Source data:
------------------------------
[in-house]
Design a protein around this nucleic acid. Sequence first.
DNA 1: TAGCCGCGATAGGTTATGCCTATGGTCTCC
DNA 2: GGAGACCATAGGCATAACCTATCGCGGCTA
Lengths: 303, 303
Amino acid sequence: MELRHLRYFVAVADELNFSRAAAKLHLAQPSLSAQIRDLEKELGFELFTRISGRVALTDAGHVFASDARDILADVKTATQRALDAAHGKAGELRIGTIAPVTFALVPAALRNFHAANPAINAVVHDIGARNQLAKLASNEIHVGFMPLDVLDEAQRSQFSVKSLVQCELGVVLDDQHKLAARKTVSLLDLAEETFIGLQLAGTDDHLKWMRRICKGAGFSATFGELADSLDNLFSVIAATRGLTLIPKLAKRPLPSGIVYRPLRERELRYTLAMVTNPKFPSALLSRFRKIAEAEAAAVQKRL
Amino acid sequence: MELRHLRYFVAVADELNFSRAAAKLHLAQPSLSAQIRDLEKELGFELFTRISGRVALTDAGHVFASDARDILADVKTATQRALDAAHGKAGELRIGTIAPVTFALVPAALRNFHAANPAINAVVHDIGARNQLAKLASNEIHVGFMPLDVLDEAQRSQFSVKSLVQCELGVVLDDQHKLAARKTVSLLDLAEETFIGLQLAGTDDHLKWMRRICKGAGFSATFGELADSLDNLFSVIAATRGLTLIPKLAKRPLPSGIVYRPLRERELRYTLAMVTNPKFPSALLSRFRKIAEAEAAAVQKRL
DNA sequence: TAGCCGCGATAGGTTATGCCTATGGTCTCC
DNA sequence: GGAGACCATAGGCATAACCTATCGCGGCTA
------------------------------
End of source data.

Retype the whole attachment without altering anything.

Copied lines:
[in-house]
Design a protein around this nucleic acid. Sequence first.
DNA 1: TAGCCGCGATAGGTTATGCCTATGGTCTCC
DNA 2: GGAGACCATAGGCATAACCTATCGCGGCTA
Lengths: 303, 303
Amino acid sequence: MELRHLRYFVAVADELNFSRAAAKLHLAQPSLSAQIRDLEKELGFELFTRISGRVALTDAGHVFASDARDILADVKTATQRALDAAHGKAGELRIGTIAPVTFALVPAALRNFHAANPAINAVVHDIGARNQLAKLASNEIHVGFMPLDVLDEAQRSQFSVKSLVQCELGVVLDDQHKLAARKTVSLLDLAEETFIGLQLAGTDDHLKWMRRICKGAGFSATFGELADSLDNLFSVIAATRGLTLIPKLAKRPLPSGIVYRPLRERELRYTLAMVTNPKFPSALLSRFRKIAEAEAAAVQKRL
Amino acid sequence: MELRHLRYFVAVADELNFSRAAAKLHLAQPSLSAQIRDLEKELGFELFTRISGRVALTDAGHVFASDARDILADVKTATQRALDAAHGKAGELRIGTIAPVTFALVPAALRNFHAANPAINAVVHDIGARNQLAKLASNEIHVGFMPLDVLDEAQRSQFSVKSLVQCELGVVLDDQHKLAARKTVSLLDLAEETFIGLQLAGTDDHLKWMRRICKGAGFSATFGELADSLDNLFSVIAATRGLTLIPKLAKRPLPSGIVYRPLRERELRYTLAMVTNPKFPSALLSRFRKIAEAEAAAVQKRL
DNA sequence: TAGCCGCGATAGGTTATGCCTATGGTCTCC
DNA sequence: GGAGACCATAGGCATAACCTATCGCGGCTA